Throughout the period of the Form A notice MAFF kept changing their position as to what the potential source of infection was that caused my cattle to be classified as a Dangerous Contact. First it was the possibility that Robert Norman transferred the infection from his own cattle, then it was a possible contact Robert Norman had had with a steer belonging to Simon Bosworth at Maundown Farm, where Robert Norman had been to dehorn other cattle the day before he visited my cattle. We learnt that this steer on Maundown Farm had FMD-like symptoms. Mr Bosworth's entire herd was slaughtered on 4th and 5th May. A blood test of this animal was taken on 4th May. The result of this "ELISA" test was negative. This test is very quick (4 hours) but not totally reliable, as a consequence further detailed tests were carried out by Pirbright Laboratory.
On the afternoon of Tuesday, 8th May, Jonathan Milree telephoned me to say that results had come back on the goats at Greenway Farm and these showed a very high level of FMD infection with FMD lesions that were over 2 weeks old. Mr Milree then asked me if in the light of this information I would allow my stock to be slaughtered. I explained that to my mind it made my case for not slaughtering stronger because it showed that the source of the Wiveliscombe outbreak was not Robert Norman passing FMD infection to his own cattle but it was now confirmed that FMD had been in the goats for some time. I reiterated the details of Robert Norman's movements and the circumstances of those movements with regard to his cattle as detailed in Alayne Addy's letter to MAFF dated 6th May.
I also explained that it seemed very unlikely that Robert could have bought the disease to my cattle, because I understood that the last time he had been to see his cattle was 5 days earlier when he was driving his wife's car and was wearing his Rugby kit. When he came onto my farm (5 days later) he was wearing different clothes and driving a different vehicle. I asked Mr Milree if he was aware of these details, he replied that he was not in his office and did not have the file in front of him so could not answer that question. I then asked which was the source of potential infection for my cattle, Robert Norman's contact with his own cattle or with the steer at Maundown Farm (Mr Bosworth's). Mr Milree replied that it was most certainly not the Maundown Farm cattle. We ended our conversation by my agreeing to report his news about the positive FMD test result of the goats to my family to consider if we should allow slaughter, and Mr Milree agreeing to reiterate what I had said about Robert Norman's movements to his colleagues.
On the six o' clock television News that evening, Tuesday, 8th May, it was reported that MAFF were reconsidering their position in the light of new evidence that had been brought to their attention by me. I did not receive any direct notification or answers from MAFF.
At midday on Thursday, 10th May, MAFF issued the following press release:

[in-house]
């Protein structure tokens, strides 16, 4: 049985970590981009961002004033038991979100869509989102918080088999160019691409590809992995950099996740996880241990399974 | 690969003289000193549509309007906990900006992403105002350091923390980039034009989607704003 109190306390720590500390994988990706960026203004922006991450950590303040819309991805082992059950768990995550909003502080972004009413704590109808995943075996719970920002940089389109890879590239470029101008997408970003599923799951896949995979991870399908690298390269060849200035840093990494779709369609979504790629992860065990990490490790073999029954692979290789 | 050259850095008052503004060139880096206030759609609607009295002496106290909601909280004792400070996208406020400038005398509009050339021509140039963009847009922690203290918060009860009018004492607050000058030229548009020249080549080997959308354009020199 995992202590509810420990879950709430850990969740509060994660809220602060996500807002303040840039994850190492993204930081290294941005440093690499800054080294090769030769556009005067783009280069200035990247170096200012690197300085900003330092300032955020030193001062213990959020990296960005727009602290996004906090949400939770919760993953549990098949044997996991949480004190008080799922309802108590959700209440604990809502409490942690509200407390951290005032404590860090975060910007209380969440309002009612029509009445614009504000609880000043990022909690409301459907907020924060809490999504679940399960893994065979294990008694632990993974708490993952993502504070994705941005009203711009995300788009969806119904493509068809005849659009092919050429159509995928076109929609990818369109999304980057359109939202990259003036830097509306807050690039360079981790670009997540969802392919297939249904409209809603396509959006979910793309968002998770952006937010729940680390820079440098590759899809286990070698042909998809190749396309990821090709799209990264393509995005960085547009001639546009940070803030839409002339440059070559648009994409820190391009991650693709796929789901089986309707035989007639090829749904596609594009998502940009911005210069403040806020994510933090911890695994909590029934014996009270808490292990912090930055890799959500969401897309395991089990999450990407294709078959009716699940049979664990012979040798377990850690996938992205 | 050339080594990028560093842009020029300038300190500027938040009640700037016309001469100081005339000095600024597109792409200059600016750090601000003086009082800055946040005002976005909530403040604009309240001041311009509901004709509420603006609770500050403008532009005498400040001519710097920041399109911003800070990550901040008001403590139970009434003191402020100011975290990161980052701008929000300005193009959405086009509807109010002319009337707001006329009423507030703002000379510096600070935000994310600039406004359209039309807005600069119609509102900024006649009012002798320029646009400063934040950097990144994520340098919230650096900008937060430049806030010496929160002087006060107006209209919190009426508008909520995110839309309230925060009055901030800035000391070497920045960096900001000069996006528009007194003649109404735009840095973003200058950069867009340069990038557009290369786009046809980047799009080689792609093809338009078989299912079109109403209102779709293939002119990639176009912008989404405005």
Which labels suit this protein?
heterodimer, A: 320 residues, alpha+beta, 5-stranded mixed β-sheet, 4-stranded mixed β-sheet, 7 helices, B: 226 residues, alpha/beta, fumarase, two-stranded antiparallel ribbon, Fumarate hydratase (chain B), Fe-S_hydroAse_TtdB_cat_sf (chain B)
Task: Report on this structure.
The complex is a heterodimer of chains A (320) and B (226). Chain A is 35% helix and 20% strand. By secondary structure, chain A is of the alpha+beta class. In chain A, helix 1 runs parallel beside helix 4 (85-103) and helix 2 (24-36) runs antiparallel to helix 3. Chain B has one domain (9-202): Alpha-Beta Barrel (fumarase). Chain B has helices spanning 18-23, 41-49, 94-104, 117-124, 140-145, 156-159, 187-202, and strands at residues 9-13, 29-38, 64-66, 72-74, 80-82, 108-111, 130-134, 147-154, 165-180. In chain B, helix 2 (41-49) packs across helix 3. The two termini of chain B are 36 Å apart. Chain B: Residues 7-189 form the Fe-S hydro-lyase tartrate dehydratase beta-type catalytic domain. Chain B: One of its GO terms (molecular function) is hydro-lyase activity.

"The initial decision to categorise the farm as a Dangerous Contact was based on the veterinary advice available. A primary concern was the need to protect Exmoor from what was seen as a serious disease risk
Subsequently new information came to light, in particular blood tests from a farm linked to this case were negative. As usual in such cases, the new information was examined and the veterinary epidemiology reassessed In the light of this the epidemiologists concluded that the farm was not a dangerous contact.
After clinical examination, the Form A restrictions on the farm will be lifted, with regular veterinary surveillance maintained
The new information MAFF spoke of (in addition to the negative FMD test) was in fact the information concerning Robert Norman's movements and the circumstances of those movements. Both my father and I had drawn this information to MAFF's attention on 6th May. MAFF were also made aware of this information by my solicitor's fax of 6th May to Mr Bowman (Divisional Veterinary Manager). Therefore this "new information" that had come to light had in fact been known by MAFF for 4 days when MAFF made this announcement. The reference to the negative blood test is also curious. The blood test was the negative result on the steer at Maundown Farm.
As I have stated above, on Tuesday 8th May Mr Milree told me during our telephone conversation that the cattle at Maundown Farm were most certainly not considered to be the potential source of any infection to my cattle. I now realise that to be in a position to make such a statement Mr Milree must have been aware then (8th May) that the second test on the Maundown steer was negative. It would seem curious that the results for the goats should be available on 8th May but not the result of the blood test of the steer as both tests were taken on the same day.
A final inspection of the stock on both Week and Broford Farms was made on 16th May and we were freed from the FMD Form D notice on 17th. I then got married on 19th May and ends